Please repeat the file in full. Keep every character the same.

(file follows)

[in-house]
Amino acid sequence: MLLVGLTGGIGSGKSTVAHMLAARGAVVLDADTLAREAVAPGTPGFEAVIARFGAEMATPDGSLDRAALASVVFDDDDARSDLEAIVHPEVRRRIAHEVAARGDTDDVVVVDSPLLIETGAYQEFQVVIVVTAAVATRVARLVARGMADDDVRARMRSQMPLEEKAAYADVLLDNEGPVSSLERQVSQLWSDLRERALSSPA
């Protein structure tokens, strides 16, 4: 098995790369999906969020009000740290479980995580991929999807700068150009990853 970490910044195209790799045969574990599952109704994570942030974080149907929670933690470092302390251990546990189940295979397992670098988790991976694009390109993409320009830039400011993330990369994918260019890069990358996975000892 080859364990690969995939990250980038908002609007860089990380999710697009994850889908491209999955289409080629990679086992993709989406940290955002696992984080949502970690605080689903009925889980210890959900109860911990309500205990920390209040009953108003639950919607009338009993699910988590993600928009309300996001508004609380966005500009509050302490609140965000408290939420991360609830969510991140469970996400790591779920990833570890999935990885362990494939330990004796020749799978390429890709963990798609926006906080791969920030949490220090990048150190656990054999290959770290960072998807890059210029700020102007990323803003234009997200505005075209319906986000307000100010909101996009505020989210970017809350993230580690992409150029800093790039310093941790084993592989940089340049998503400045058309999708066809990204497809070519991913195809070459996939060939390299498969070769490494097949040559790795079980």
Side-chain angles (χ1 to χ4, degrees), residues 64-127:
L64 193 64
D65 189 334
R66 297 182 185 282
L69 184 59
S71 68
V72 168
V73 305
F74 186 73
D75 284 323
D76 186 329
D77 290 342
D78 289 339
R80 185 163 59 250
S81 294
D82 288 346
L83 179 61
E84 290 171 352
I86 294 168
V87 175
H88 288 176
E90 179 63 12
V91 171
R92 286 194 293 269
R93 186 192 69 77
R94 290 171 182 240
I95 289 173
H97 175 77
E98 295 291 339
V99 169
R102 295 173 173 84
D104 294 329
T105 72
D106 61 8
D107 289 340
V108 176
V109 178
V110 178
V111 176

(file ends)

[in-house]
Amino acid sequence: MLLVGLTGGIGSGKSTVAHMLAARGAVVLDADTLAREAVAPGTPGFEAVIARFGAEMATPDGSLDRAALASVVFDDDDARSDLEAIVHPEVRRRIAHEVAARGDTDDVVVVDSPLLIETGAYQEFQVVIVVTAAVATRVARLVARGMADDDVRARMRSQMPLEEKAAYADVLLDNEGPVSSLERQVSQLWSDLRERALSSPA
């Protein structure tokens, strides 16, 4: 098995790369999906969020009000740290479980995580991929999807700068150009990853 970490910044195209790799045969574990599952109704994570942030974080149907929670933690470092302390251990546990189940295979397992670098988790991976694009390109993409320009830039400011993330990369994918260019890069990358996975000892 080859364990690969995939990250980038908002609007860089990380999710697009994850889908491209999955289409080629990679086992993709989406940290955002696992984080949502970690605080689903009925889980210890959900109860911990309500205990920390209040009953108003639950919607009338009993699910988590993600928009309300996001508004609380966005500009509050302490609140965000408290939420991360609830969510991140469970996400790591779920990833570890999935990885362990494939330990004796020749799978390429890709963990798609926006906080791969920030949490220090990048150190656990054999290959770290960072998807890059210029700020102007990323803003234009997200505005075209319906986000307000100010909101996009505020989210970017809350993230580690992409150029800093790039310093941790084993592989940089340049998503400045058309999708066809990204497809070519991913195809070459996939060939390299498969070769490494097949040559790795079980």
Side-chain angles (χ1 to χ4, degrees), residues 64-127:
L64 193 64
D65 189 334
R66 297 182 185 282
L69 184 59
S71 68
V72 168
V73 305
F74 186 73
D75 284 323
D76 186 329
D77 290 342
D78 289 339
R80 185 163 59 250
S81 294
D82 288 346
L83 179 61
E84 290 171 352
I86 294 168
V87 175
H88 288 176
E90 179 63 12
V91 171
R92 286 194 293 269
R93 186 192 69 77
R94 290 171 182 240
I95 289 173
H97 175 77
E98 295 291 339
V99 169
R102 295 173 173 84
D104 294 329
T105 72
D106 61 8
D107 289 340
V108 176
V109 178
V110 178
V111 176